In the spring months, the mornings start off cool and windy, and the rocky grey landscape is lonely and silent with the exception of windblown vegetation rustling. Some mornings are even still cool enough that spirals of steam can be seen pouring from the mouth and nose as one exhales, especially during a labored climb to a mountain top study site. The dullness of the winter landscape is slowly transitioning into the vibrant verder glow that is the beauty of an Appalachian forest in full leaf. This is my favorite time of year.
While all the serpents are laying in sluggish rest beneath stones, I make my way on site under the still visible moon and set up my camera to capture their awakening with the morning sun. After setting up my camera, I take a seat many yards away – but close enough so I can manipulate the camera with a remote, and I wait. The climb caused blood to rush and warm my body; however, my metabolic warmth escapes into the ground bellow me and into the air around me, so I shrug on a long sleeve. This is always a good time for writing, it is in these moments when I am alone at some of the loftiest altitudes Georgia has to offer that I find the peace and quite to put a creative pen to paper.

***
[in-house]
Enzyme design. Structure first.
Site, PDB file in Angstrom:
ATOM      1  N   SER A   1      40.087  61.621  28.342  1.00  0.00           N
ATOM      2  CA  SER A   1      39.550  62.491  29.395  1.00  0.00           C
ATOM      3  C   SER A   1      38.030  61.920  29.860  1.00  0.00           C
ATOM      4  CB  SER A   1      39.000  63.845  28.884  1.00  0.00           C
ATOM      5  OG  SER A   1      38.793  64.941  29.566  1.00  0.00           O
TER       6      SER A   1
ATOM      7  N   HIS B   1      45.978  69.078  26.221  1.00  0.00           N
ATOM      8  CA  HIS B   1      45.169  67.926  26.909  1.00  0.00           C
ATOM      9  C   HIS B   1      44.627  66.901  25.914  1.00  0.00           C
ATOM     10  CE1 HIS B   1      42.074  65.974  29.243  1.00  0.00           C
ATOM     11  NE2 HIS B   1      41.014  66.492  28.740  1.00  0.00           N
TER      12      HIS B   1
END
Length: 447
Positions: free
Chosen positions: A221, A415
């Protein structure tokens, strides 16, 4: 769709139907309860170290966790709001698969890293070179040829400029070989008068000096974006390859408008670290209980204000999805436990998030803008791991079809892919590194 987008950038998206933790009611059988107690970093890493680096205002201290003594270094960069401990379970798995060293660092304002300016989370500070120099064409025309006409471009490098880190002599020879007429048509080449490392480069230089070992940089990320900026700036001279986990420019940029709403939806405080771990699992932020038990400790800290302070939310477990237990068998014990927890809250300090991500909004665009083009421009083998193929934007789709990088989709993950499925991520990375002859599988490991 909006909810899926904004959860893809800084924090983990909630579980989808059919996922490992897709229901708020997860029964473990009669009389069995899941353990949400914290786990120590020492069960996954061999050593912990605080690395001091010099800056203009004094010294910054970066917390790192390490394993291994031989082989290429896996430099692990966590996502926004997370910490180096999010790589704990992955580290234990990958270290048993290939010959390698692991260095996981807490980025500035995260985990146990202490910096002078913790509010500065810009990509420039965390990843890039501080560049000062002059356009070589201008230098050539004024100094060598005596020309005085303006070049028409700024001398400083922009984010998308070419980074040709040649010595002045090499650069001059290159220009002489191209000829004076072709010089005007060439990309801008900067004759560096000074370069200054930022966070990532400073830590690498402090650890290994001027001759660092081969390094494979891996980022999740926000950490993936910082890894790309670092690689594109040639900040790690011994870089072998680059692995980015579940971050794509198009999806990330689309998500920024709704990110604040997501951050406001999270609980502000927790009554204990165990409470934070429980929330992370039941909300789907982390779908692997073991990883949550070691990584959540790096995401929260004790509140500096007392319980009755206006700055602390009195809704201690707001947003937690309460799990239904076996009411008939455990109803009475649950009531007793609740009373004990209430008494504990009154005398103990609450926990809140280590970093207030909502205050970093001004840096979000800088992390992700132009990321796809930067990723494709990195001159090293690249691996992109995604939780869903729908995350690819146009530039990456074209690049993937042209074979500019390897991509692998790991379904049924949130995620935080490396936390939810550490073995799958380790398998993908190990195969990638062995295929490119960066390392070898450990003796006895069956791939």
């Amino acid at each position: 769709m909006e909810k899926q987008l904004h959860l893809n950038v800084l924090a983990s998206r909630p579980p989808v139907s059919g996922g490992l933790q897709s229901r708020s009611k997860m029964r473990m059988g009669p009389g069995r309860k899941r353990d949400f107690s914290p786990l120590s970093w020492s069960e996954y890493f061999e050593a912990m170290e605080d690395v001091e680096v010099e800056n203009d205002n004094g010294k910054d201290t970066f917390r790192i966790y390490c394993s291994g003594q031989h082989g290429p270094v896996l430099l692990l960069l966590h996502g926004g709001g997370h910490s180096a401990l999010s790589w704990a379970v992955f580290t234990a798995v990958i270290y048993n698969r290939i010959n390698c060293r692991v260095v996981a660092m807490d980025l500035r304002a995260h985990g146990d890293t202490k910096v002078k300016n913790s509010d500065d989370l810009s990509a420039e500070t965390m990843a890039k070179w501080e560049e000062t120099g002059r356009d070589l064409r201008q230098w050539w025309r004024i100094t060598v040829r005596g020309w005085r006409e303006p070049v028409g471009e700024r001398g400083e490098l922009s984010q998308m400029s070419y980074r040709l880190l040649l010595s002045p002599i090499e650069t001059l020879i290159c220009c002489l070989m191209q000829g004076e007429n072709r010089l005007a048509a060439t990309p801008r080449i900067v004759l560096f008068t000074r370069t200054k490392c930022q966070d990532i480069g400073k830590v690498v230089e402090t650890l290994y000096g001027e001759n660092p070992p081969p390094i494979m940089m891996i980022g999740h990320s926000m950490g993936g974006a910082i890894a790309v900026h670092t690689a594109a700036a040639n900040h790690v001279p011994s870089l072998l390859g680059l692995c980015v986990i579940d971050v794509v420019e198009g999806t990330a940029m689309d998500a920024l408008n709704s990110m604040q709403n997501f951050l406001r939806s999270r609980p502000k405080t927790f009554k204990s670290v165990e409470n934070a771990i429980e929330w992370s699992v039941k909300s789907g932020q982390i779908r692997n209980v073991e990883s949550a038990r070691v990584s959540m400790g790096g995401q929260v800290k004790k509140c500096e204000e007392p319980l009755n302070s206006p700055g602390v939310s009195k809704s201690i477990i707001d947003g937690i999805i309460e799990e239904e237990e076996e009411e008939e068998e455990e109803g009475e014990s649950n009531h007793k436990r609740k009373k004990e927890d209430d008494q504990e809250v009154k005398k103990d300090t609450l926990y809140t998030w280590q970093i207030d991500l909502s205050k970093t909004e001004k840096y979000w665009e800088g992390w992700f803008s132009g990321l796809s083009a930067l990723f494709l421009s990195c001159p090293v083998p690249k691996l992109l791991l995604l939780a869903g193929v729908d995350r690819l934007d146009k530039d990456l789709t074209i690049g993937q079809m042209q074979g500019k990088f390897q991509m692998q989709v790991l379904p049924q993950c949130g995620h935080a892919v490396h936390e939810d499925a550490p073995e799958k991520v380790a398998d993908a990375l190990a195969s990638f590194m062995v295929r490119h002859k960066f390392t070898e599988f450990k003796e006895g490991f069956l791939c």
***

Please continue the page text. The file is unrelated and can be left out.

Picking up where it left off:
Before I know it, the sun peeks high enough over the mountainous horizon that its photons wash across the landscape like an electromagnetic rain, much to the delight of my ectothermic friends. Once I see their scaly bodies ooze from beneath the stones, I click on the camera and run it until the batteries are dead. Here is a glimpse into a few of those moments. This video is sped up 400% in I-Movie; there are spaces of tens of minutes where the snakes simply do not move at all. The volume is down, and in some cases off because of the wind.